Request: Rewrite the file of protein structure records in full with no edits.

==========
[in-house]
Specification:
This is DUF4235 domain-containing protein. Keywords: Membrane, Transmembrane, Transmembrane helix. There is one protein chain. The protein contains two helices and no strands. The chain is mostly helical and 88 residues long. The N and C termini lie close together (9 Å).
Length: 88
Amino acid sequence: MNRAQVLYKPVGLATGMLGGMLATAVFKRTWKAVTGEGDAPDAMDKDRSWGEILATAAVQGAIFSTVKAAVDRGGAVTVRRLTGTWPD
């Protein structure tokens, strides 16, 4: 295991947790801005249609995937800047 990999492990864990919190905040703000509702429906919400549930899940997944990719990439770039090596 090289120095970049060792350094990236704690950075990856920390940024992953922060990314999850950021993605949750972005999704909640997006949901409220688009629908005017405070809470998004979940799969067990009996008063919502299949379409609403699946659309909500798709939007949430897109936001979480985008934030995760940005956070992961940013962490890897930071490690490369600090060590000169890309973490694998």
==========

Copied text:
[in-house]
Specification:
This is DUF4235 domain-containing protein. Keywords: Membrane, Transmembrane, Transmembrane helix. There is one protein chain. The protein contains two helices and no strands. The chain is mostly helical and 88 residues long. The N and C termini lie close together (9 Å).
Length: 88
Amino acid sequence: MNRAQVLYKPVGLATGMLGGMLATAVFKRTWKAVTGEGDAPDAMDKDRSWGEILATAAVQGAIFSTVKAAVDRGGAVTVRRLTGTWPD
């Protein structure tokens, strides 16, 4: 295991947790801005249609995937800047 990999492990864990919190905040703000509702429906919400549930899940997944990719990439770039090596 090289120095970049060792350094990236704690950075990856920390940024992953922060990314999850950021993605949750972005999704909640997006949901409220688009629908005017405070809470998004979940799969067990009996008063919502299949379409609403699946659309909500798709939007949430897109936001979480985008934030995760940005956070992961940013962490890897930071490690490369600090060590000169890309973490694998």